Months before Windows 11’s official release date, conversations were already focused not just on the new operating system’s (OS) new features, but also on how its hardware requirements compared to its predecessor’s. Among the points raised was the compulsory Trusted Platform Module (TPM) 2.0 chip in Windows 11-supported devices — a marked upgrade from Windows 10’s TPM 1.2 requirement. Now, better hardware generally costs more, so it won’t be surprising if you’re looking for ways around this particular requirement in order to save money. In this post, we discuss why you shouldn’t do that.
What is a TPM chip anyway?
A TPM is a security chip embedded in modern systems that provides a hardware-based tamper-resistant environment to generate, store, and protect encryption keys. Commonly found in the latest smartphones and PCs, these chips supply the cryptographic key that unlocks your machine and permits you to access your data. Should a hacker or any unauthorized party gain access to your device and try to tamper with your encrypted drives, then the chip will prevent the device from booting up.
TPMs are also used by some apps and web services. For instance, Outlook uses a TPM for handling encrypted emails. Web browsers, on the other hand, utilize it for maintaining SSL certificates used to authenticate and create encrypted connections with websites.
Why shouldn’t you circumvent Windows 11’s TPM requirement?
Some users felt that requiring TPM 2.0 on devices running Windows 11 was too restrictive. From their point of view, Windows 10 ran with just TPM 1.2 and it has remained fairly secure. As such, some users have been searching for ways to run Microsoft’s newest OS even on devices without the required TPM 2.0 chip. But even if such methods are eventually found, here’s why you’d be wise to avoid them:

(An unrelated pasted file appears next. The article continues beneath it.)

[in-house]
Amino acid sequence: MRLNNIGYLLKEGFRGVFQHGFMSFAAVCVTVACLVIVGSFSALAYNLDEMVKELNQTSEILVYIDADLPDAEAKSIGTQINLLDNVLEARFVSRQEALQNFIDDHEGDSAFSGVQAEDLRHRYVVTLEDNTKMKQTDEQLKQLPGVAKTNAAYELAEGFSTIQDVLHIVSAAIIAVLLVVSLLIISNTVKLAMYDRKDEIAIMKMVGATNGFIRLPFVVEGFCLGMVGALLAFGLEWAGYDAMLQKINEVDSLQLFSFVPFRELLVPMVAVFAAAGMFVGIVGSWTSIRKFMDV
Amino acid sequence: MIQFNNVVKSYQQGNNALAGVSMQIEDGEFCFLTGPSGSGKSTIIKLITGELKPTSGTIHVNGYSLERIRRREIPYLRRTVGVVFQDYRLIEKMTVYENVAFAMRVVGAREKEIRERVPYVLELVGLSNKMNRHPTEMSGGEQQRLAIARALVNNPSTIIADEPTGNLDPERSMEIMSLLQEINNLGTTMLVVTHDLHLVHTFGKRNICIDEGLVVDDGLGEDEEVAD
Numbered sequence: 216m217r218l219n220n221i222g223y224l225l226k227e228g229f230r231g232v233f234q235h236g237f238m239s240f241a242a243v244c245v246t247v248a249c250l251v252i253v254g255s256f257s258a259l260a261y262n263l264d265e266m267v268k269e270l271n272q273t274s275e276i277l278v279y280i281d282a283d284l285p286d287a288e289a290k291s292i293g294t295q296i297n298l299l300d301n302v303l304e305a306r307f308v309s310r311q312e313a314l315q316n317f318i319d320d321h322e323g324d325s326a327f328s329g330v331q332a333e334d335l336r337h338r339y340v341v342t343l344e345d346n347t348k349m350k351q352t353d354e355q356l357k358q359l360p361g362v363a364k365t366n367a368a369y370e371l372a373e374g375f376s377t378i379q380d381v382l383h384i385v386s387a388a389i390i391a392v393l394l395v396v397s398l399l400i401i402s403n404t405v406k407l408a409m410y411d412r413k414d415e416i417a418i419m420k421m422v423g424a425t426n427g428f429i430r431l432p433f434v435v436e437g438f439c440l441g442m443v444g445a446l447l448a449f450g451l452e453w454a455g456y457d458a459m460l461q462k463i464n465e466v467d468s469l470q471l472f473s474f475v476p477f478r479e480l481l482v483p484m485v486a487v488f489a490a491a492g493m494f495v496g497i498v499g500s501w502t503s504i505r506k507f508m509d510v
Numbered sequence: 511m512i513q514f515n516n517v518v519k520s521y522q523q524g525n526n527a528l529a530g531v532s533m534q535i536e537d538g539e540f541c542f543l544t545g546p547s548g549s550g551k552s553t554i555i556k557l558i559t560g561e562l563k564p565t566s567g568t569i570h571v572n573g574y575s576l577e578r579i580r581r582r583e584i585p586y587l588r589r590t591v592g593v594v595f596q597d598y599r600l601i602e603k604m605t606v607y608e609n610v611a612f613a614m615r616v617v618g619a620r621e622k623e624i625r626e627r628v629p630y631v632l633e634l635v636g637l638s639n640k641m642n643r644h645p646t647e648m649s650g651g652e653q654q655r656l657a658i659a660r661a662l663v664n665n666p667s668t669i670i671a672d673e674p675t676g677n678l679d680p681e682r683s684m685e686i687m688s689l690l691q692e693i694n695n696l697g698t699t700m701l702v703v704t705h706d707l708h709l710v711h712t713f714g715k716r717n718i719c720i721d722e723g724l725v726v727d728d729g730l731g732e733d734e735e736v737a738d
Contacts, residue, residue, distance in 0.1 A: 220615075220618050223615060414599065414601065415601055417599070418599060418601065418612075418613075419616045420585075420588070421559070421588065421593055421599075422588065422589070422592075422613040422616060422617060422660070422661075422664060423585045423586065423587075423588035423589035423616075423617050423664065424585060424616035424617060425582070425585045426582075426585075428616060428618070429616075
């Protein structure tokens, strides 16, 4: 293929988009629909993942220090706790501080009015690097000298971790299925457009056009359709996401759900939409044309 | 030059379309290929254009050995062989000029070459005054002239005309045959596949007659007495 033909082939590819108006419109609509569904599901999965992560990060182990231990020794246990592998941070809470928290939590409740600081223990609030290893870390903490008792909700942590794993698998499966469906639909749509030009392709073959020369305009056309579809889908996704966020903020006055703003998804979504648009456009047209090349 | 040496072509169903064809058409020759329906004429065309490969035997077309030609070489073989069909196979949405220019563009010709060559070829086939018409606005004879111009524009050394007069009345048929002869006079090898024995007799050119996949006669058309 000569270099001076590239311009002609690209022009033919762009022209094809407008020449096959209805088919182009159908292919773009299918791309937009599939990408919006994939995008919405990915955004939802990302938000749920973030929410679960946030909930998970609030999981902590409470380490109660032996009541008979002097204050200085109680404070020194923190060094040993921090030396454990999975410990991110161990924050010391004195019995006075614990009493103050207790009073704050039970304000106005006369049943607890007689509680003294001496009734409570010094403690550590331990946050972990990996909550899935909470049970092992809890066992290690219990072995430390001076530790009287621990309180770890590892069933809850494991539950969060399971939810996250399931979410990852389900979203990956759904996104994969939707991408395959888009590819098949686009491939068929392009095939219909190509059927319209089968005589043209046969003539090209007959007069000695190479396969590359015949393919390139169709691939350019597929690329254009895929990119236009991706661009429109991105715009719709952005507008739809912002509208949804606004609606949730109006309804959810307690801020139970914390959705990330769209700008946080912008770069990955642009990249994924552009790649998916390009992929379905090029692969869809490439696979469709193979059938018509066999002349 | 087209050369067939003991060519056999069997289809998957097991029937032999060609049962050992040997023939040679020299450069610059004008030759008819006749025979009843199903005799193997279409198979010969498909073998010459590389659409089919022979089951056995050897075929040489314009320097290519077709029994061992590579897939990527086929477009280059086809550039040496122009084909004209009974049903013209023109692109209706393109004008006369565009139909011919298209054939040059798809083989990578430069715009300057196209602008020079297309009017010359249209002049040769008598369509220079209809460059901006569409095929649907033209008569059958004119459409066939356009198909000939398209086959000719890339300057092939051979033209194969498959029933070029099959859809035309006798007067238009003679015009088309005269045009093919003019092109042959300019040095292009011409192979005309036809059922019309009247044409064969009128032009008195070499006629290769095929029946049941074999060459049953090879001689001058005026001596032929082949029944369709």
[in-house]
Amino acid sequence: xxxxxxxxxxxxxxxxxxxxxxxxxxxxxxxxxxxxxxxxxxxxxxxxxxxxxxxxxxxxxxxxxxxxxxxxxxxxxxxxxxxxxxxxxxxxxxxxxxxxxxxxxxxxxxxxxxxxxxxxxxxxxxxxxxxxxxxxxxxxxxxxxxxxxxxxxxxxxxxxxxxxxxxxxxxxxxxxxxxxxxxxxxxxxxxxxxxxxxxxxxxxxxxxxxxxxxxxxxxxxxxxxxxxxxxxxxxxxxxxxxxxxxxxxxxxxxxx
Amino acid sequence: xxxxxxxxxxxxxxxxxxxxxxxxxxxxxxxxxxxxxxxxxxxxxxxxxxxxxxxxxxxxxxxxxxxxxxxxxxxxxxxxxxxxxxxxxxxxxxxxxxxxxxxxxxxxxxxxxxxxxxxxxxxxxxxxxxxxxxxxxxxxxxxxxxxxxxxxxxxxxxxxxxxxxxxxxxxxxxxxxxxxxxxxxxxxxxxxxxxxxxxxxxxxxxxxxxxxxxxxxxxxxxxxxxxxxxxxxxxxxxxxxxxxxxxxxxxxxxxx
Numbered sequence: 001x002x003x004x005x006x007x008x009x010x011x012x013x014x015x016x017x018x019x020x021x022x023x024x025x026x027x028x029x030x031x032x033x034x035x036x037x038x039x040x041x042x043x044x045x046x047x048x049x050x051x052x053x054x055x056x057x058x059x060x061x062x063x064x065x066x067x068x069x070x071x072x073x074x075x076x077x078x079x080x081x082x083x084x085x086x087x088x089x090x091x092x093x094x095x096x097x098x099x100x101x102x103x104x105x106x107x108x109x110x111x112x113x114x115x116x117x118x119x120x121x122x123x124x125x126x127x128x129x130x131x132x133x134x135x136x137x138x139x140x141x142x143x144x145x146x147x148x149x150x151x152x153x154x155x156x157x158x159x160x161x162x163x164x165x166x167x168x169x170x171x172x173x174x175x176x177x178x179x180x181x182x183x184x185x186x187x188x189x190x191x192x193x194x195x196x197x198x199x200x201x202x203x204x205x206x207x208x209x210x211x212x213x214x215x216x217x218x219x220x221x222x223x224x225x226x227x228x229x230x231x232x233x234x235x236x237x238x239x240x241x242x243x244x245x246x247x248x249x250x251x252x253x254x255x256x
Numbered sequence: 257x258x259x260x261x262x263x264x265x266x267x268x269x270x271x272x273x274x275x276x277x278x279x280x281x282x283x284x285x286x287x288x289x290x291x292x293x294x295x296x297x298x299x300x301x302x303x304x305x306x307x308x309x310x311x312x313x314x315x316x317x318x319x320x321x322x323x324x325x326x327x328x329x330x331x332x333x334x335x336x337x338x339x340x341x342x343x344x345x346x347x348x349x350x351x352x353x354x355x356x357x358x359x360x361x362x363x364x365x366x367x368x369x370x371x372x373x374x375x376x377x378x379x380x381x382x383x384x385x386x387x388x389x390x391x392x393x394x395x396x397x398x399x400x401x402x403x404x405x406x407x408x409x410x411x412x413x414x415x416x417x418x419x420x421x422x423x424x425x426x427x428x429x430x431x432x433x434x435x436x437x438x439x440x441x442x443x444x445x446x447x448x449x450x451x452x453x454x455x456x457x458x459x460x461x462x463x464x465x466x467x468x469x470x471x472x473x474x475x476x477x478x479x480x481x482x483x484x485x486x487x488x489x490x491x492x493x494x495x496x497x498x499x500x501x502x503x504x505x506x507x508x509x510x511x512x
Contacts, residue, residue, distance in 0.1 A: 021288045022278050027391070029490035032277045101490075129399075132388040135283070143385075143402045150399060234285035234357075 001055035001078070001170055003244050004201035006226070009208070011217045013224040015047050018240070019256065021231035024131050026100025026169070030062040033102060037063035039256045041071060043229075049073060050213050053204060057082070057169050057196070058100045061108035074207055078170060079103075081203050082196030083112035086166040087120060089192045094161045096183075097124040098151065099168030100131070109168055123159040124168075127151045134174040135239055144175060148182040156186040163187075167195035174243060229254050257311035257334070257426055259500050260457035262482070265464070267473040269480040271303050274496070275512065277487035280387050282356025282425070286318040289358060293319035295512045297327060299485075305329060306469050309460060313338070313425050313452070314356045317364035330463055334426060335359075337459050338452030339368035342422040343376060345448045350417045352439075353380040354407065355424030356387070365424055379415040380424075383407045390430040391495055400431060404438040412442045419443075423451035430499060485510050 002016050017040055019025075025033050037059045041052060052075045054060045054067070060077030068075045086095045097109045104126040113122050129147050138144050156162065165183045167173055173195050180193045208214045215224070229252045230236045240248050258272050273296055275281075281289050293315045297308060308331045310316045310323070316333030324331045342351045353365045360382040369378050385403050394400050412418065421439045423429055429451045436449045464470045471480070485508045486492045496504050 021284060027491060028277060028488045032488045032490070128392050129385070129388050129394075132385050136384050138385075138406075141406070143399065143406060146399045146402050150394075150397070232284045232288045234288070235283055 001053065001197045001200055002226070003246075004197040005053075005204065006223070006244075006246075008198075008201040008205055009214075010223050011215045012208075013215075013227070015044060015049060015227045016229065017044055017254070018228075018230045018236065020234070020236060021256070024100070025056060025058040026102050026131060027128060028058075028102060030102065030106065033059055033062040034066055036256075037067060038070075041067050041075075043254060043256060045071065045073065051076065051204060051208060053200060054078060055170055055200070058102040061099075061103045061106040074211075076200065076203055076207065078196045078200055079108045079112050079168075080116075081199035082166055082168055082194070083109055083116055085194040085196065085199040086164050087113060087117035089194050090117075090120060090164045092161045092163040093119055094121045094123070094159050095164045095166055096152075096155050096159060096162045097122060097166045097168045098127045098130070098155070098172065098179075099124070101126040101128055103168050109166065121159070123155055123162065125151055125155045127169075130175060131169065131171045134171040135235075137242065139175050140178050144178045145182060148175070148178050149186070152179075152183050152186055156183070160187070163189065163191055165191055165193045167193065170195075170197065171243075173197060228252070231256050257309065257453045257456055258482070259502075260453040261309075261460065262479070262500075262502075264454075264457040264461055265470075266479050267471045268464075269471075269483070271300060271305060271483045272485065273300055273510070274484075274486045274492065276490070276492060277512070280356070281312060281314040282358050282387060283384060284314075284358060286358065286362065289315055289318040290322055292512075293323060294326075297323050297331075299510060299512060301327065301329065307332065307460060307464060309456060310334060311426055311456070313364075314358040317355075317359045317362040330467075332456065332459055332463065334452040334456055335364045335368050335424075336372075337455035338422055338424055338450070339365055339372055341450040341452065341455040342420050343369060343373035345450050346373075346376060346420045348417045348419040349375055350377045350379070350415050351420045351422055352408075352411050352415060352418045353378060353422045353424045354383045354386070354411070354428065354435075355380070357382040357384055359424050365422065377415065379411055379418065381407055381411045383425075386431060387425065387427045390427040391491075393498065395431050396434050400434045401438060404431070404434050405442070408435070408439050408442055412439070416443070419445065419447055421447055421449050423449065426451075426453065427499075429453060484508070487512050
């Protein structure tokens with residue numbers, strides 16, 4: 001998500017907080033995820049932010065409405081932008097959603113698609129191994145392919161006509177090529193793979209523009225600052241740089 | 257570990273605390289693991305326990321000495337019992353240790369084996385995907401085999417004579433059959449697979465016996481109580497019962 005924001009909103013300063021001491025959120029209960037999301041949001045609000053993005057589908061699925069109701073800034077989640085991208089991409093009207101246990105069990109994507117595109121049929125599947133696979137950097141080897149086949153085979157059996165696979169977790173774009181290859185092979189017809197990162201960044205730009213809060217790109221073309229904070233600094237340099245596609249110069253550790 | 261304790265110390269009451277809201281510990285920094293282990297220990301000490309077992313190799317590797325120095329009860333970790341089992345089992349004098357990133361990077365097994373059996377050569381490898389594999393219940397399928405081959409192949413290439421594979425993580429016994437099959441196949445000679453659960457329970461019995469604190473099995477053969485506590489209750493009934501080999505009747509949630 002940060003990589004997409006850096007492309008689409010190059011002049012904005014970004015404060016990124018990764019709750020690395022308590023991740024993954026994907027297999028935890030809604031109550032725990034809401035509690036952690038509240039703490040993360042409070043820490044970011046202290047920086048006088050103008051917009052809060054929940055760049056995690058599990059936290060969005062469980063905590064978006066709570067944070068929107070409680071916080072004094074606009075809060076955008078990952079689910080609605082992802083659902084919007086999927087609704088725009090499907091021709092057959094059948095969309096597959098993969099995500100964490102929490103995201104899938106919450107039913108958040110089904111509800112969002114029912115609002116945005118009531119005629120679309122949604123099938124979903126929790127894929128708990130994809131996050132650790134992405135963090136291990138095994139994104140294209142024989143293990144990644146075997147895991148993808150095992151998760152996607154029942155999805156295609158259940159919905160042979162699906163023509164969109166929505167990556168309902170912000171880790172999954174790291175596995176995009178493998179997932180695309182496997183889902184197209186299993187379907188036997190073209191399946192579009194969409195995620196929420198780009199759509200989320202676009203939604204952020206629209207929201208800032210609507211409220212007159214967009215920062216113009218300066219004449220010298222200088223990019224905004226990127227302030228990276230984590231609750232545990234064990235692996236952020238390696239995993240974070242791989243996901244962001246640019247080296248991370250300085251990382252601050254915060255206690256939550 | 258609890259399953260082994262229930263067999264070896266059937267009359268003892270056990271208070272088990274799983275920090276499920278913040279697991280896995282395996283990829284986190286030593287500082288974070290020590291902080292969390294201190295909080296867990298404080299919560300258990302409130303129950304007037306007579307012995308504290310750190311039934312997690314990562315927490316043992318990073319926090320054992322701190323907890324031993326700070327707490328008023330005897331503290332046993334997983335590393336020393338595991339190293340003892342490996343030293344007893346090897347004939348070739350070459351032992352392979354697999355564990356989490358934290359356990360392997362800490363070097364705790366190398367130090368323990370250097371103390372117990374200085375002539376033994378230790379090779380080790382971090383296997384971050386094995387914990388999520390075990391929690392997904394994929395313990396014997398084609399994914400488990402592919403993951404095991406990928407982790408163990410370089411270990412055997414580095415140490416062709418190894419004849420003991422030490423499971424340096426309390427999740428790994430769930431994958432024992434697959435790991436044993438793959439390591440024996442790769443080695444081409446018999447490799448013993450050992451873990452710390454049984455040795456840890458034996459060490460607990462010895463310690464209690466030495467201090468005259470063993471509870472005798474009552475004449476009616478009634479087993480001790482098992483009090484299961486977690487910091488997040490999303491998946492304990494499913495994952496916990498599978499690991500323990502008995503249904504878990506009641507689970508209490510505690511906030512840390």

TPM 2.0 is more advanced than TPM 1.2
As is the case with most types of tech, iterations with higher numbers aren’t just newer, but they come with better features too. In particular, TPM 2.0 supports more and newer cryptographic algorithms than its predecessors. This means it can generate keys that are harder to break, making devices that use it more difficult for hackers to infiltrate.
Compatibility issues may arise
Like any software manufacturer worth their salt, Microsoft tested Windows 11 extensively prior to the product’s release and they very likely did so on supported devices. Therefore, running the new OS on devices that don’t meet hardware specifications may result in compatibility issues that can lead to various problems, ranging from glitches to outright failure. In any case, addressing these issues may prove to be more expensive than investing in supported hardware from the get-go.
Microsoft won’t release updates for unsupported devices
The software giant temporarily relaxed some of its restrictions and allowed unsupported devices to run Windows 11 for some time. They made it clear, however, that unsupported devices won’t be receiving any future updates.
Updates are extremely crucial. Apart from helping improve user experience through new features and quality-of-life upgrades, updates also bolster your OS’s defenses against the most recent threats. Not receiving future updates will leave your IT systems and your business vulnerable to cyberattacks.
When it comes to bypassing Windows 11’s hardware requirements, especially if these have something to do with security, just remember this adage: “Just because you can, doesn’t mean you should.” If you have any other questions about Windows 11 and how you can make the most out of its features, just give us a call.
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